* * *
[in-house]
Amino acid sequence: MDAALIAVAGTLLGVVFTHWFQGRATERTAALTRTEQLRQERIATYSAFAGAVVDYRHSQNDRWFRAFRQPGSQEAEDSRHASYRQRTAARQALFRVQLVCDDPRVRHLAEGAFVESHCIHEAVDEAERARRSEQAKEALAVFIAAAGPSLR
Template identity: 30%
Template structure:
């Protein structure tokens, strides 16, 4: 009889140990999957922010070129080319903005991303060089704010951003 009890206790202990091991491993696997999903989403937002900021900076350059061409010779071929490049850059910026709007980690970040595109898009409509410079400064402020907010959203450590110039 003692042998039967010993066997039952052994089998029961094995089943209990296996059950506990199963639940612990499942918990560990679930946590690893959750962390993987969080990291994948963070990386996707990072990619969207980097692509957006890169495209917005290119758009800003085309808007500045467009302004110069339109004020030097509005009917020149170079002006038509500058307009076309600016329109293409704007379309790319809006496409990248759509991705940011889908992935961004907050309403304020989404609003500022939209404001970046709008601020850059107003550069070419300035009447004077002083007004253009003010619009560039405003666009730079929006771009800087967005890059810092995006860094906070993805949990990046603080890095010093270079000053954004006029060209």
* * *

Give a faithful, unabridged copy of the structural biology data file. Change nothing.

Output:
[in-house]
Amino acid sequence: MDAALIAVAGTLLGVVFTHWFQGRATERTAALTRTEQLRQERIATYSAFAGAVVDYRHSQNDRWFRAFRQPGSQEAEDSRHASYRQRTAARQALFRVQLVCDDPRVRHLAEGAFVESHCIHEAVDEAERARRSEQAKEALAVFIAAAGPSLR
Template identity: 30%
Template structure:
């Protein structure tokens, strides 16, 4: 009889140990999957922010070129080319903005991303060089704010951003 009890206790202990091991491993696997999903989403937002900021900076350059061409010779071929490049850059910026709007980690970040595109898009409509410079400064402020907010959203450590110039 003692042998039967010993066997039952052994089998029961094995089943209990296996059950506990199963639940612990499942918990560990679930946590690893959750962390993987969080990291994948963070990386996707990072990619969207980097692509957006890169495209917005290119758009800003085309808007500045467009302004110069339109004020030097509005009917020149170079002006038509500058307009076309600016329109293409704007379309790319809006496409990248759509991705940011889908992935961004907050309403304020989404609003500022939209404001970046709008601020850059107003550069070419300035009447004077002083007004253009003010619009560039405003666009730079929006771009800087967005890059810092995006860094906070993805949990990046603080890095010093270079000053954004006029060209």